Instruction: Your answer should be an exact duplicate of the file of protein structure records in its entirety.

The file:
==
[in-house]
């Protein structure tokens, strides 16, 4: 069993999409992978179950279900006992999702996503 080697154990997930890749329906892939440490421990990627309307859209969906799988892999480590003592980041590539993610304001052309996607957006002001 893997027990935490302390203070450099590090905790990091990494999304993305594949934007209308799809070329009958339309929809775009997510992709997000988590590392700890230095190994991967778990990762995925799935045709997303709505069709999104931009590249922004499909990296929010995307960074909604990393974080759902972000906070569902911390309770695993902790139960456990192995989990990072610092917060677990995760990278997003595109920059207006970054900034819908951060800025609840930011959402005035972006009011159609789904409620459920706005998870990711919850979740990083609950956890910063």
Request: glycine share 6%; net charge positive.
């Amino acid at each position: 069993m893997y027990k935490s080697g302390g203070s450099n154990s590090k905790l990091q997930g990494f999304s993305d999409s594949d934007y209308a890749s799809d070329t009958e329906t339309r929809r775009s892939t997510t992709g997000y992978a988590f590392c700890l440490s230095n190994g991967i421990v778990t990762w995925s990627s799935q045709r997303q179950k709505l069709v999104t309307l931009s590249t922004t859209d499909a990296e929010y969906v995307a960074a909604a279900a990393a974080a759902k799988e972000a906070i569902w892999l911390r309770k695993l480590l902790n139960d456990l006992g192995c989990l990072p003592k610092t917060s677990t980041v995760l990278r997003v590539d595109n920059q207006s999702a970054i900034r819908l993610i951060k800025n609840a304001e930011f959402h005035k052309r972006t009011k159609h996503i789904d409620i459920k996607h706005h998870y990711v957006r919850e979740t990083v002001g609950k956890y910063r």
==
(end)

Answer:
[in-house]
């Protein structure tokens, strides 16, 4: 069993999409992978179950279900006992999702996503 080697154990997930890749329906892939440490421990990627309307859209969906799988892999480590003592980041590539993610304001052309996607957006002001 893997027990935490302390203070450099590090905790990091990494999304993305594949934007209308799809070329009958339309929809775009997510992709997000988590590392700890230095190994991967778990990762995925799935045709997303709505069709999104931009590249922004499909990296929010995307960074909604990393974080759902972000906070569902911390309770695993902790139960456990192995989990990072610092917060677990995760990278997003595109920059207006970054900034819908951060800025609840930011959402005035972006009011159609789904409620459920706005998870990711919850979740990083609950956890910063």
Request: glycine share 6%; net charge positive.
């Amino acid at each position: 069993m893997y027990k935490s080697g302390g203070s450099n154990s590090k905790l990091q997930g990494f999304s993305d999409s594949d934007y209308a890749s799809d070329t009958e329906t339309r929809r775009s892939t997510t992709g997000y992978a988590f590392c700890l440490s230095n190994g991967i421990v778990t990762w995925s990627s799935q045709r997303q179950k709505l069709v999104t309307l931009s590249t922004t859209d499909a990296e929010y969906v995307a960074a909604a279900a990393a974080a759902k799988e972000a906070i569902w892999l911390r309770k695993l480590l902790n139960d456990l006992g192995c989990l990072p003592k610092t917060s677990t980041v995760l990278r997003v590539d595109n920059q207006s999702a970054i900034r819908l993610i951060k800025n609840a304001e930011f959402h005035k052309r972006t009011k159609h996503i789904d409620i459920k996607h706005h998870y990711v957006r919850e979740t990083v002001g609950k956890y910063r």